Improved electricity supply and rising rural incomes are expected to drive a surge in demand for household electric appliances—and an associated increase in electricity consumption.
New Delhi: In the last three years, almost 26 million Indian households have been connected to the electricity grid for the first time, thanks to the Saubhagya initiative launched by the government of India in October 2017. As a result, the country’s energy-access dialogue has shifted significantly — from providing simple household lighting connections to providing a reliable and stable electricity supply.
At a time when India is focused on improving its rural economy and empowering the under-served population with better access to electricity services, this is a powerful development that could boost demand for household appliances across the country.
Studies estimate that most households in India have yet to purchase basic appliances, especially in rural areas. Even though the country is the third-largest consumer of electricity globally, India’s per capita consumption is less than a third of the world average. The average electricity consumption in rural households is less than half of the national average for residential consumption. This is attributable to years of unreliable electricity supply in rural areas, among other factors.
The evolving energy access landscape heralds key changes. Improved electricity supply and rising rural incomes are expected to drive a surge in demand for household electric appliances—and an associated increase in electricity consumption. Affordable, quality-verified energy-efficient appliances must be the way forward.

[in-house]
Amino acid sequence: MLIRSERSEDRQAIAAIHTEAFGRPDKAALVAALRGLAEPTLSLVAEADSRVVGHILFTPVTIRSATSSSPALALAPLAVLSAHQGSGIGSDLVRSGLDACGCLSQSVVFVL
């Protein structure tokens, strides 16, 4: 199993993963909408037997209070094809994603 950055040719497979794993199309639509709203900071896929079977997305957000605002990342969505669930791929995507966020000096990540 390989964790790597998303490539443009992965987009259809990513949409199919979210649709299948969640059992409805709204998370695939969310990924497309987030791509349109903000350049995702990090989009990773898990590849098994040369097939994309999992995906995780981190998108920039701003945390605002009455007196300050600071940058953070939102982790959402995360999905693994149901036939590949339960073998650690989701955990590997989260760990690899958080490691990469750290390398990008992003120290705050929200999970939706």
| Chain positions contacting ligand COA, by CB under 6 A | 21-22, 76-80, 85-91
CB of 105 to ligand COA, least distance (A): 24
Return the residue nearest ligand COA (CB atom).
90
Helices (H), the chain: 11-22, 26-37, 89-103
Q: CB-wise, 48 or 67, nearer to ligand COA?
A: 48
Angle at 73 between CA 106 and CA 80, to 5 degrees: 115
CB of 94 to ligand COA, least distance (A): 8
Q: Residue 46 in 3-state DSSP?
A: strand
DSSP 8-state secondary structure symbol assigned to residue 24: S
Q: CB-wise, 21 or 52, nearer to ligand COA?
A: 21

What are the implications for households and distribution companies (Discoms) if all or most of the households recently connected to the grid have access to basic electric appliances? How would using high-efficiency appliances help?
Let’s assume that in the near to medium term all the connected households under the Saubhagya initiative will own two LED (Light Emitting Diode) bulbs, two ceiling fans, and a television. Around 30 percent will also have an air cooler and a refrigerator.
Against this backdrop, our analysis shows that if households buy ordinary and inefficient appliances in rural markets, India will need to generate an additional 29 billion units (kWh) of electricity per year. However, if these appliances are replaced by energy-efficient ones, IFC estimates that only 12.18 billion units — a 58 percent saving — will be needed to meet this additional demand, avoiding 14 million tons of CO2 emissions per year.
While the additional generation needed under the ordinary and inefficient appliance scenario may apparently seem manageable — only 2.3 percent of India’s total generation in 2018-19 — adopting energy-efficient appliances can have bigger impacts for consumers (electricity bills) and Discoms (balance sheets).
First, it will help household consumers save up to Rs 6,282 crore in electricity bills, lowering bills at the household level by around Rs 3,900 per year — a substantial amount in rural India. Second, it will reduce the burden on Discoms by Rs 1,918 crore, since the average cost of supply for residential consumers is higher than the average revenue by Rs 1.45 per unit of electricity.
Using energy-efficient appliances will increase the peak load requirement by 6 gigawatts. In sharp contrast, inefficient appliances will increase the peak load requirement by nearly 15 gigawatts, which amounts to constructing nearly 30 new 500 MW coal-fired power plants.